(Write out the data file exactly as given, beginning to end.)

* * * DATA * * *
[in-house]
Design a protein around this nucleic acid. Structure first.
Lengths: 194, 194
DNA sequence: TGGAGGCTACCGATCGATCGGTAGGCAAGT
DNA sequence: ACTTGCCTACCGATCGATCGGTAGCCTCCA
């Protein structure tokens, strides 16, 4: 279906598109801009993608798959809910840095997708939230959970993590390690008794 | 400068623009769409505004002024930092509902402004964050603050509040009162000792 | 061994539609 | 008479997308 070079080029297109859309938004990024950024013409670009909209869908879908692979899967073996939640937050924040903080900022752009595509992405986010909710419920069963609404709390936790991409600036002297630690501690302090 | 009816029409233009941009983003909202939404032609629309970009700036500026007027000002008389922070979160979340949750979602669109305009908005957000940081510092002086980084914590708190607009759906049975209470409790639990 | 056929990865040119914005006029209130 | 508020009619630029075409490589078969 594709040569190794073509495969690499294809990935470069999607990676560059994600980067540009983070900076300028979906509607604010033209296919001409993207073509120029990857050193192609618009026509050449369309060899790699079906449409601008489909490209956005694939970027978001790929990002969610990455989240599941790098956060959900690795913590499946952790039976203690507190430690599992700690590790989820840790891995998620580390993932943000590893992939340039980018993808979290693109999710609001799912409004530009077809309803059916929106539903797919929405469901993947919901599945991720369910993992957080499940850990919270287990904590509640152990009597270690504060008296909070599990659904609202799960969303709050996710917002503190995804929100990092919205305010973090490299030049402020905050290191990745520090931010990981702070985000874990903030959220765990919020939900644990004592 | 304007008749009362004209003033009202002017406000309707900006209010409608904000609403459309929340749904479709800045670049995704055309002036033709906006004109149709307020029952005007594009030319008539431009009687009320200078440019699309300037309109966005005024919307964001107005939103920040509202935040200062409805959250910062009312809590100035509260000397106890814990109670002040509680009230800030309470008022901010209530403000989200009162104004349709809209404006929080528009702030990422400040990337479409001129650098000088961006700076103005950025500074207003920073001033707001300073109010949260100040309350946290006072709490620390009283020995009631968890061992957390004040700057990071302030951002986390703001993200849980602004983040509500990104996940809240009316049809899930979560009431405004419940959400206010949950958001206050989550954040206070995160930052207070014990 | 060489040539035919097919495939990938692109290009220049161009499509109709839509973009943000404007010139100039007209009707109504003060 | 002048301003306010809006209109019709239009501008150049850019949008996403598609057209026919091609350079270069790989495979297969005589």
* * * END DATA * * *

[in-house]
Design a protein around this nucleic acid. Structure first.
Lengths: 194, 194
DNA sequence: TGGAGGCTACCGATCGATCGGTAGGCAAGT
DNA sequence: ACTTGCCTACCGATCGATCGGTAGCCTCCA
């Protein structure tokens, strides 16, 4: 279906598109801009993608798959809910840095997708939230959970993590390690008794 | 400068623009769409505004002024930092509902402004964050603050509040009162000792 | 061994539609 | 008479997308 070079080029297109859309938004990024950024013409670009909209869908879908692979899967073996939640937050924040903080900022752009595509992405986010909710419920069963609404709390936790991409600036002297630690501690302090 | 009816029409233009941009983003909202939404032609629309970009700036500026007027000002008389922070979160979340949750979602669109305009908005957000940081510092002086980084914590708190607009759906049975209470409790639990 | 056929990865040119914005006029209130 | 508020009619630029075409490589078969 594709040569190794073509495969690499294809990935470069999607990676560059994600980067540009983070900076300028979906509607604010033209296919001409993207073509120029990857050193192609618009026509050449369309060899790699079906449409601008489909490209956005694939970027978001790929990002969610990455989240599941790098956060959900690795913590499946952790039976203690507190430690599992700690590790989820840790891995998620580390993932943000590893992939340039980018993808979290693109999710609001799912409004530009077809309803059916929106539903797919929405469901993947919901599945991720369910993992957080499940850990919270287990904590509640152990009597270690504060008296909070599990659904609202799960969303709050996710917002503190995804929100990092919205305010973090490299030049402020905050290191990745520090931010990981702070985000874990903030959220765990919020939900644990004592 | 304007008749009362004209003033009202002017406000309707900006209010409608904000609403459309929340749904479709800045670049995704055309002036033709906006004109149709307020029952005007594009030319008539431009009687009320200078440019699309300037309109966005005024919307964001107005939103920040509202935040200062409805959250910062009312809590100035509260000397106890814990109670002040509680009230800030309470008022901010209530403000989200009162104004349709809209404006929080528009702030990422400040990337479409001129650098000088961006700076103005950025500074207003920073001033707001300073109010949260100040309350946290006072709490620390009283020995009631968890061992957390004040700057990071302030951002986390703001993200849980602004983040509500990104996940809240009316049809899930979560009431405004419940959400206010949950958001206050989550954040206070995160930052207070014990 | 060489040539035919097919495939990938692109290009220049161009499509109709839509973009943000404007010139100039007209009707109504003060 | 002048301003306010809006209109019709239009501008150049850019949008996403598609057209026919091609350079270069790989495979297969005589």